Emotion dysregulation and symptoms of anorexia nervosa: The unique roles of lack of emotional awareness and impulse control difficulties when upset.

Int J Eat Disord. 2013 Jun 11;
Racine SE, Wildes JE

OBJECTIVE: Extant research suggests that individuals with anorexia nervosa (AN) have deficits in emotion regulation across a variety of domains. The current study investigated associations between specific difficulties with emotion regulation and the core symptoms of AN. METHOD: Participants were 192 patients with AN presenting to an intensive eating disorder treatment facility. Emotion regulation was assessed using the multidimensional Difficulties in Emotion Regulation Scale, and associations with body mass index (BMI) at admission, eating disorder cognitions, objective binge eating, subjective binge eating, and purging were examined. RESULTS: Eating disorder cognitions were significantly associated with multiple forms of emotion dysregulation; however, only lack of emotional awareness was independently related to these symptoms. In contrast, impulse control difficulties when upset was the only emotion regulation impairment associated with the presence of recurrent objective binge eating and recurrent purging in AN. No significant relationships between emotion regulation and BMI or subjective binge eating were detected. DISCUSSION: Results point to differential associations between specific emotion regulation deficits and core symptoms of AN. These findings suggest that parsing the construct of emotion regulation as well as the AN phenotype can help to identify the unique ways in which eating disorder symptoms may function to regulate emotions. © 2013 Wiley Periodicals, Inc. (Int J Eat Disord 2013). HubMed – eating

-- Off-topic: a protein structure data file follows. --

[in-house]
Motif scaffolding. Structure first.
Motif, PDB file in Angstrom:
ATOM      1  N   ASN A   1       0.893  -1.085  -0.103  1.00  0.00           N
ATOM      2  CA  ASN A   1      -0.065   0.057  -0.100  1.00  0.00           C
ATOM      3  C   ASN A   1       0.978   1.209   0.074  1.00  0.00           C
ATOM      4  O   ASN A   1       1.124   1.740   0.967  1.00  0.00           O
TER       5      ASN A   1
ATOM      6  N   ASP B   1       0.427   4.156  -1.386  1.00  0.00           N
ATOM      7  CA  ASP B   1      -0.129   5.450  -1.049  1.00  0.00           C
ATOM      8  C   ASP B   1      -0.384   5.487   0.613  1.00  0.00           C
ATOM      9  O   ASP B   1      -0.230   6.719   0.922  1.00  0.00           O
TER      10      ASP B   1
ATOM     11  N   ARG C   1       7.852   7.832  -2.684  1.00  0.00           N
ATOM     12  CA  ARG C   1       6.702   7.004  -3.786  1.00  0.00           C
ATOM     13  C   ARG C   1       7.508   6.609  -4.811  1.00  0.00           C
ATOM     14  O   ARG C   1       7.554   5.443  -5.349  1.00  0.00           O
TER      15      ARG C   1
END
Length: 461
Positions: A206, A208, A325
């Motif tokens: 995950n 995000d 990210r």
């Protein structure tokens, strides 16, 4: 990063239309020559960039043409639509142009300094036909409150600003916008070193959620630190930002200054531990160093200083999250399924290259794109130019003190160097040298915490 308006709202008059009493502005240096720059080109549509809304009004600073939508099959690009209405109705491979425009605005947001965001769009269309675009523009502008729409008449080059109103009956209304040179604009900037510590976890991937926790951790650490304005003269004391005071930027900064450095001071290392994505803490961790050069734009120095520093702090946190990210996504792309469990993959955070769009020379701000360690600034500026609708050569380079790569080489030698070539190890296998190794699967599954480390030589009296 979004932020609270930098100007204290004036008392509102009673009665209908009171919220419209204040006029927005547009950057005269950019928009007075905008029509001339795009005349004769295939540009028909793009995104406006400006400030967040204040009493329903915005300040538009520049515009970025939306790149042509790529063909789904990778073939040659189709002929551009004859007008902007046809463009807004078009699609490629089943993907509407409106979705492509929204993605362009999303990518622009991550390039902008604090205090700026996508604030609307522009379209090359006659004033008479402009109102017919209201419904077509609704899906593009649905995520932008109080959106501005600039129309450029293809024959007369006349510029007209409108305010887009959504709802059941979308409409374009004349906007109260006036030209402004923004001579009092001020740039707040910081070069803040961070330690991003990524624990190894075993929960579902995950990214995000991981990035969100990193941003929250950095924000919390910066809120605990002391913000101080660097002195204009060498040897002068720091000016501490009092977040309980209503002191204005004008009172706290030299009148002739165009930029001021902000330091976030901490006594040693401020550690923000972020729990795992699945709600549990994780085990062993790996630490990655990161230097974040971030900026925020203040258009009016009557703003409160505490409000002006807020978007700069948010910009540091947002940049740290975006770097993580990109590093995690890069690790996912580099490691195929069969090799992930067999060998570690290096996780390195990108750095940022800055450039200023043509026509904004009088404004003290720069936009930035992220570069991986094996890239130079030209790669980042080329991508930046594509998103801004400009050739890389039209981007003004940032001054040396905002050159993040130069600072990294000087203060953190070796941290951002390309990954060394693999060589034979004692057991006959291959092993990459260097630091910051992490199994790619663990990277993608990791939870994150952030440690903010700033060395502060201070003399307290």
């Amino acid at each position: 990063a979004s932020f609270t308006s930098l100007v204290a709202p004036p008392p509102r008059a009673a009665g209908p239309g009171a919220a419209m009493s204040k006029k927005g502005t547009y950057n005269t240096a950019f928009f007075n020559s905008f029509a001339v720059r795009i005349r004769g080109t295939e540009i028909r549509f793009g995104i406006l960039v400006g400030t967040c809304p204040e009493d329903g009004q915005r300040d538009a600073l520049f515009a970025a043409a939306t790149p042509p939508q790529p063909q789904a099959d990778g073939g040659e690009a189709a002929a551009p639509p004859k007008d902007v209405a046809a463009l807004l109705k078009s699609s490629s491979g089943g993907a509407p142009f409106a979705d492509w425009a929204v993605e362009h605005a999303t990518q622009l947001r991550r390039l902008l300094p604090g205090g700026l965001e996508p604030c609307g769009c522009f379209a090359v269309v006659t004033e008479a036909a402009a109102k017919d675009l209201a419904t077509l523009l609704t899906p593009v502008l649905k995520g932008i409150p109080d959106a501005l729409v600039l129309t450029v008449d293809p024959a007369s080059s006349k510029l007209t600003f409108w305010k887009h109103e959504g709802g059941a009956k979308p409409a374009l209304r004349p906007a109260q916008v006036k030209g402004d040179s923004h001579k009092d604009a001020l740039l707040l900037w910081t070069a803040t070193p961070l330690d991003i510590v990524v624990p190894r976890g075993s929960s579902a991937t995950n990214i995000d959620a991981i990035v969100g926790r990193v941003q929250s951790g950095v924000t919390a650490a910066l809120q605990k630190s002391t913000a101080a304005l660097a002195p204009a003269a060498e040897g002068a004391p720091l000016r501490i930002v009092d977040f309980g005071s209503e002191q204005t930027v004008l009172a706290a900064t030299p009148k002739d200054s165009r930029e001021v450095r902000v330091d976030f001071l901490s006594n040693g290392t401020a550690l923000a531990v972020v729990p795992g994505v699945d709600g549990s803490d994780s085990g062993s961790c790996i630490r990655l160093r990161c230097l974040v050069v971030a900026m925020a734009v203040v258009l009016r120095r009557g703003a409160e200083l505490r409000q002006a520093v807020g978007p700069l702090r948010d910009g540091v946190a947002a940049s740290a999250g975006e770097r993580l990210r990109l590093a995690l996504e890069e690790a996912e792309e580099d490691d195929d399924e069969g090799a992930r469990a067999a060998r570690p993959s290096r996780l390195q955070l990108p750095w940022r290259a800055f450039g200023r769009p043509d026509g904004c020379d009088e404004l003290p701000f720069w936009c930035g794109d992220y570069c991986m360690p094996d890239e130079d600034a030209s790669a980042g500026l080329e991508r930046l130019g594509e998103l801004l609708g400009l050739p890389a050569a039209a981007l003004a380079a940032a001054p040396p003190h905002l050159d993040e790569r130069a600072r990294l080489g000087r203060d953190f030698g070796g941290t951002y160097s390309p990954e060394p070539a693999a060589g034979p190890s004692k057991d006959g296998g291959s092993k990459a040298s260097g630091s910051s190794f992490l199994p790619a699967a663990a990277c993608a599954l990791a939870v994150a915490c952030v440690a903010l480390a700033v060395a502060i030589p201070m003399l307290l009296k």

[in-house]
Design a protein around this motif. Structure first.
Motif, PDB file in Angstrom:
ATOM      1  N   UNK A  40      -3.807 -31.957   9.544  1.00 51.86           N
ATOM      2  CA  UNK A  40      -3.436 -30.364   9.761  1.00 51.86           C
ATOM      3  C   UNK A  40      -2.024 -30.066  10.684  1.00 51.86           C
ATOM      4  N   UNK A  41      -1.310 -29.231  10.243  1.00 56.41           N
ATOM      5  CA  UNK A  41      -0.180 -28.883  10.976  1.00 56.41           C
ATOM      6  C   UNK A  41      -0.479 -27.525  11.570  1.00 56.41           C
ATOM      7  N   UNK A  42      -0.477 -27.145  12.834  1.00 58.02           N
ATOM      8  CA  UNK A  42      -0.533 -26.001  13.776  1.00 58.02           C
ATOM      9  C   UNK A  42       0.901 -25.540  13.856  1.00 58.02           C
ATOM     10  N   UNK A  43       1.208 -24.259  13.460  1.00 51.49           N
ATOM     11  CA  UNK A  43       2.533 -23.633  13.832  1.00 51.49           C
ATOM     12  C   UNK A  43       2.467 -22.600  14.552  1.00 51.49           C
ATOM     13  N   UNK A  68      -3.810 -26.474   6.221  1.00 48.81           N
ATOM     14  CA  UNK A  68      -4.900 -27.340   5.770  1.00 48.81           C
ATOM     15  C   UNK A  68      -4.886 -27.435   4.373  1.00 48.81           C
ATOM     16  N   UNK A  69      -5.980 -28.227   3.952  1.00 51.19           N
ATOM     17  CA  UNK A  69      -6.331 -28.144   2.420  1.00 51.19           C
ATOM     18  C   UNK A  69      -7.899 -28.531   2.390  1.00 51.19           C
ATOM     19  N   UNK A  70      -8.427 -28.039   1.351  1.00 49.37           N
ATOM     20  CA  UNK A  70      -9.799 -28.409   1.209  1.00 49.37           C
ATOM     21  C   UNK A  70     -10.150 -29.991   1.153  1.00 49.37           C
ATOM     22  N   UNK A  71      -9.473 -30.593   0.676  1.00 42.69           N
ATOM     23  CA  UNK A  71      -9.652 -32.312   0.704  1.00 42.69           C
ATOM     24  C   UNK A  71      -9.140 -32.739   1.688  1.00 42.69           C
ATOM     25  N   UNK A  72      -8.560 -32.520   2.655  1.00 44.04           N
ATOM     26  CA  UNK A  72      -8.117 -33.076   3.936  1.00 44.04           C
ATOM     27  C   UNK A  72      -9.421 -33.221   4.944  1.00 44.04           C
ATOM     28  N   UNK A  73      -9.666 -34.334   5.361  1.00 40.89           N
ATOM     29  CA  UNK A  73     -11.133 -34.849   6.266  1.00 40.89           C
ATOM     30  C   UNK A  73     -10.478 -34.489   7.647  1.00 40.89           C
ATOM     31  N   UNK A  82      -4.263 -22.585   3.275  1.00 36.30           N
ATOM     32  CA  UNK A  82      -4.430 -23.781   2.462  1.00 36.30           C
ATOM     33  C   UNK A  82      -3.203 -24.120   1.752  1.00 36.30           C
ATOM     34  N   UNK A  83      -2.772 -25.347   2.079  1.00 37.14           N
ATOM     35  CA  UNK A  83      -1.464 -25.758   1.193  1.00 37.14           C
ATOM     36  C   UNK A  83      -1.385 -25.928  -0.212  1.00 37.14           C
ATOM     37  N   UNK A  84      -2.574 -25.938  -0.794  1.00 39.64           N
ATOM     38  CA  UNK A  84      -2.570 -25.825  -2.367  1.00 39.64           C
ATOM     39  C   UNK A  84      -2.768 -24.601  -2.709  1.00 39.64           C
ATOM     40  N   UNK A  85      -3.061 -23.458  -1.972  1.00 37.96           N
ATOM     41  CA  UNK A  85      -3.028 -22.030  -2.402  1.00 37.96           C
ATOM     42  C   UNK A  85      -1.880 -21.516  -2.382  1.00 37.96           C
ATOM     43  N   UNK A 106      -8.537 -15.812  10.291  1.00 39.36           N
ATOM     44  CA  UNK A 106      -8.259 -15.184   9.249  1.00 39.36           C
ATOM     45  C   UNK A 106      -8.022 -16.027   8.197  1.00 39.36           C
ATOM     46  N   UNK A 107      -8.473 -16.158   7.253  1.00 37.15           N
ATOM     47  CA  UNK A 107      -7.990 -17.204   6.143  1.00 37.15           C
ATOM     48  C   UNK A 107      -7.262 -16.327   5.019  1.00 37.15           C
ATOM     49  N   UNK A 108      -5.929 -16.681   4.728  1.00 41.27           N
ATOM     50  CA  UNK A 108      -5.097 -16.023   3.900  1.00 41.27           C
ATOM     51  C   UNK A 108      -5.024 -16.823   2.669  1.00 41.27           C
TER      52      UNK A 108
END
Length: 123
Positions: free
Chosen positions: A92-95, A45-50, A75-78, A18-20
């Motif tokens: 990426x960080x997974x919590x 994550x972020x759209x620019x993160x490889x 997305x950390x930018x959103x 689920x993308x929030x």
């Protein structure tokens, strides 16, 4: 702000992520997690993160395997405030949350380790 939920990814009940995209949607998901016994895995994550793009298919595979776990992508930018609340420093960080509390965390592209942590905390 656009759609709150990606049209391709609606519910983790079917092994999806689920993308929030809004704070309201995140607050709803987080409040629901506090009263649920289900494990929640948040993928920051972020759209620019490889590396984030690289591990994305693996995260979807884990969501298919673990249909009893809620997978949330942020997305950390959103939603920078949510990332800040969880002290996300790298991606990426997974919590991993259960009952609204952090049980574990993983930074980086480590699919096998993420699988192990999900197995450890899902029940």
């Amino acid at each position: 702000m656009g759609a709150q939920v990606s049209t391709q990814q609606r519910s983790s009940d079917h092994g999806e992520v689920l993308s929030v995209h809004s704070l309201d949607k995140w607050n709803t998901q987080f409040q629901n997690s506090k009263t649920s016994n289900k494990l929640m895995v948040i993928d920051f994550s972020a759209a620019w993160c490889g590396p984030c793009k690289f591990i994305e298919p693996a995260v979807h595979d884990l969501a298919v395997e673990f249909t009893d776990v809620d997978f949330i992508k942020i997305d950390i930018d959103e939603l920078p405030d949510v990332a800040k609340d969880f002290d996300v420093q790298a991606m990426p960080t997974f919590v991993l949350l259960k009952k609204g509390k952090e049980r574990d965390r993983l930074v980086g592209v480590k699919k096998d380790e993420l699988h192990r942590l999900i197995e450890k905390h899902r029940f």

Double deletion of melanocortin 4 receptors and SAPAP3 corrects compulsive behavior and obesity in mice.

Proc Natl Acad Sci U S A. 2013 Jun 10;
Xu P, Grueter BA, Britt JK, McDaniel L, Huntington PJ, Hodge R, Tran S, Mason BL, Lee C, Vong L, Lowell BB, Malenka RC, Lutter M, Pieper AA

Compulsive behavior is a debilitating clinical feature of many forms of neuropsychiatric disease, including Tourette syndrome, obsessive-compulsive spectrum disorders, eating disorders, and autism. Although several studies link striatal dysfunction to compulsivity, the pathophysiology remains poorly understood. Here, we show that both constitutive and induced genetic deletion of the gene encoding the melanocortin 4 receptor (MC4R), as well as pharmacologic inhibition of MC4R signaling, normalize compulsive grooming and striatal electrophysiologic impairments in synapse-associated protein 90/postsynaptic density protein 95-associated protein 3 (SAPAP3)-null mice, a model of human obsessive-compulsive disorder. Unexpectedly, genetic deletion of SAPAP3 restores normal weight and metabolic features of MC4R-null mice, a model of human obesity. Our findings offer insights into the pathophysiology and treatment of both compulsive behavior and eating disorders. HubMed – eating